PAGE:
There is no mention of antifilarial medication use in the previous studies.[6] Surgical excision is the best treatment of choice, and chemotherapy is contraindicated as microfilaremia is very rare.[1],[2] There is not much data available on the effects of ivermectin and doxycycline therapy against D. repens. However, it seems that only doxycycline may have a possible adulticidal effect, due to its action on the bacterial endosymbiont, Wolbachia, present in most filarial species including the D. repens.[12] However, some studies shown with ivermectin have 73% adulticide effect.[10],[11],[12] Patients from endemic area should be managed with combination therapy.[11],[12] In our cases, both were treated with doxycycline and ivermectin combination therapy since both were from endemic areas.

Primary prevention of the disease is mosquito control. The use of bed nets and insecticides is mandatory in endemic areas. Prevention can also be achieved by reducing the prevalence of infestations in the animal hosts.[1]


  Conclusion Top


In India, the filarial infections are increasingly identified with many endemic areas and manifested in different sites with unusual presentations warranting personal protective measures and reduction of incidence of the vector. Clinicians, pathologists, and parasitologists should have an increased awareness of this entity, with these infections having unusual manifestations. Various epidemiological surveys for identification of species, molecular studies of species identification, and natural hosts can help to establish low prevalence rate of the emerging zoonosis and devise control measures.

Declaration of patient consent

The authors certify that they have obtained all appropriate patient consent forms. In the form the patient(s) has/have given his/her/their consent for his/her/their images and other clinical information to be reported in the journal. The patients understand that their names and initials will not be published and due efforts will be made to conceal their identity, but anonymity cannot be guaranteed.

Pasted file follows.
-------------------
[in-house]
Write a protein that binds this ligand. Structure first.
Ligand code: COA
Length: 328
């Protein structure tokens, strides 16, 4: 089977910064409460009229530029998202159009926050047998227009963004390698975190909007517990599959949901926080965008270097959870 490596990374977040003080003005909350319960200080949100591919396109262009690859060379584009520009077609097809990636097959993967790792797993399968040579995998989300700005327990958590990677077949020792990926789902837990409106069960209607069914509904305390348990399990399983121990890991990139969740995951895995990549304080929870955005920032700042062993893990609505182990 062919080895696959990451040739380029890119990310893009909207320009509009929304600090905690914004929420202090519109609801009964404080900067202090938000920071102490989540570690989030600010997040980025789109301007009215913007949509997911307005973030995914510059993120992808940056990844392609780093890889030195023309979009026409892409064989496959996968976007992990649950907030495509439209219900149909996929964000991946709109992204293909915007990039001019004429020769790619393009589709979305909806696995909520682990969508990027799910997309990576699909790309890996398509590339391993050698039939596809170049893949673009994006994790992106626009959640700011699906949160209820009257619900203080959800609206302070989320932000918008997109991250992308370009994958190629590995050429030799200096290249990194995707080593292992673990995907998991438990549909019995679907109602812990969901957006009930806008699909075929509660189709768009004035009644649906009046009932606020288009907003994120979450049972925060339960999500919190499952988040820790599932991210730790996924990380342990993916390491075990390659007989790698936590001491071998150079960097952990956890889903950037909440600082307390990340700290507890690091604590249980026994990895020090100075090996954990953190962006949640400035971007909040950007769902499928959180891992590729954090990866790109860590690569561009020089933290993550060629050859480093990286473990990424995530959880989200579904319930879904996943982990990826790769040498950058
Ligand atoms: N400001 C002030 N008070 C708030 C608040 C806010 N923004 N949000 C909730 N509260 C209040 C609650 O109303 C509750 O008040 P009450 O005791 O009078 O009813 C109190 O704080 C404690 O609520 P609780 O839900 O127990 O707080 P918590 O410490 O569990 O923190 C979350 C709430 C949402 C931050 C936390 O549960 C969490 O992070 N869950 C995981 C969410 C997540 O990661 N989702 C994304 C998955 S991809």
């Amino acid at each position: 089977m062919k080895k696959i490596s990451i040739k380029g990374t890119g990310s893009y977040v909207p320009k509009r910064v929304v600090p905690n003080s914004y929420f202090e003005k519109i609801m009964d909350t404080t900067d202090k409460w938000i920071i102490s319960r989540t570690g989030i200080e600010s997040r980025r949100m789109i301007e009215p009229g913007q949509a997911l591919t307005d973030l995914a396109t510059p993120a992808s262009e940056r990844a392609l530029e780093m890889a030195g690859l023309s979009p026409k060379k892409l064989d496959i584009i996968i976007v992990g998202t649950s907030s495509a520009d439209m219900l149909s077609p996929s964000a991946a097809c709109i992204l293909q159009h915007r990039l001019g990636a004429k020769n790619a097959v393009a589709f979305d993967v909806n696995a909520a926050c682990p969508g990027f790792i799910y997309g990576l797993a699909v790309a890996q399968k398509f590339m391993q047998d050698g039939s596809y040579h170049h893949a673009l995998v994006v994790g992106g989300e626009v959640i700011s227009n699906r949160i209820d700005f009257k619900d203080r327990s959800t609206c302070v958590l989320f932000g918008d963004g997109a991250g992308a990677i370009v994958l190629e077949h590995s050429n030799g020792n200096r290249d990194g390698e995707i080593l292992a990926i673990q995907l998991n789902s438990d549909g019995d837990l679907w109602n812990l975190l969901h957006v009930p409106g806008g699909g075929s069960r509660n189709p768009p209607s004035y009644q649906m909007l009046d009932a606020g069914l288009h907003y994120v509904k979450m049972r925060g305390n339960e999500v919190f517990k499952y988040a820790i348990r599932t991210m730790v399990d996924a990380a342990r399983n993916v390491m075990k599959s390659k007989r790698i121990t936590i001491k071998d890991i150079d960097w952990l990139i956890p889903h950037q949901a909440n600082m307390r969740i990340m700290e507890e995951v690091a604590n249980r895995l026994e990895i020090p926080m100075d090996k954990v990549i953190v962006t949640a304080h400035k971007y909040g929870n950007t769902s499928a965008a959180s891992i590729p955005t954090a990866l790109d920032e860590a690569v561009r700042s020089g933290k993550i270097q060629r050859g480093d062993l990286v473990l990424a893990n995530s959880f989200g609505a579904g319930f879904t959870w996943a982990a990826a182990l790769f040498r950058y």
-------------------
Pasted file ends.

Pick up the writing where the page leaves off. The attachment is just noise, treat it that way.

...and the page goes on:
Financial support and sponsorship

Nil.

Conflicts of interest

There are no conflicts of interest.



 
  References Top

1.
Patel SN, Brahmbhatt MN, Nayak JB, Desai ND, Kaje VS. Human Dirofilariasis: An emerging zoonosis. J Food Borne Zoonotic Dis 2015;3:39-41.  Back to cited text no. 1
    
2.
Permi HS, Veena S, Prasad HK, Kumar YS, Mohan R, Shetty KJ. Subcutaneous human dirofilariasis due to Dirofilaria repens: Report of two cases. J Glob Infect Dis 2011;3:199-201.  Back to cited text no. 2
    
3.
Reddy MV. Human dirofilariasis: An emerging zoonosis. Trop Parasitol 2013;3:2-3.  Back to cited text no. 3
[PUBMED]  [Full text]  
4.
Achappa B, Madi D, Mahalingam S. An interesting case of a subcutaneous nodule. J Clin Diagn Res 2013;7:364-5.  Back to cited text no. 4
    
5.
Surendrababu NR, Thomas E, Rajinikanth J, Keshava SN. Breast filariasis: Real-time sonographic imaging of the filarial dance. J Clin Ultrasound 2008;36:567-9.  Back to cited text no. 5
    
6.
Patel R, Singh S, Bhavsar S. A rare case of subconjunctival dirofilariasis by Dirofilaria repens in rural Gujarat. Indian J Ophthalmol 2014;62:649-51.  Back to cited text no. 6
[PUBMED]  [Full text]  
7.
Padmaja P, Kanagalakshmi, Samuel R, Kuruvilla PJ, Mathai E. Subcutaneous dirofilariasis in Southern India: A case report. Ann Trop Med Parasitol 2005;99:437-40.  Back to cited text no. 7
    
8.
Khurana S, Singh G, Bhatti HS, Malla N. Human subcutaneous dirofilariasis in India: A report of three cases with brief review of literature. Indian J Med Microbiol 2010;28:394-6.  Back to cited text no. 8
[PUBMED]  [Full text]  
9.
Joseph E, Matthai A, Abraham LK, Thomas S. Subcutaneous human dirofilariasis. J Parasit Dis 2011;35:140-3.  Back to cited text no. 9
    
10.
Conly JM, Sekla LH, Low DE. Dirofilariasis presenting as a breast lump. Can Med Assoc J 1984;130:1575-6.  Back to cited text no. 10
    
11.
Simón F, Siles-Lucas M, Morchón R, González-Miguel J, Mellado I, Carretón E, et al. Human and animal dirofilariasis: The emergence of a zoonotic mosaic. Clin Microbiol Rev 2012;25:507-44.  Back to cited text no. 11
    
12.
Fontanelli Sulekova L, Gabrielli S, De Angelis M, Milardi GL, Magnani C, Di Marco B, et al. Dirofilaria repens microfilariae from a human node fine-needle aspirate: A case report. BMC Infect Dis 2016;16:248.  Back to cited text no. 12
    


    Figures

  [Figure 1], [Figure 2], [Figure 3]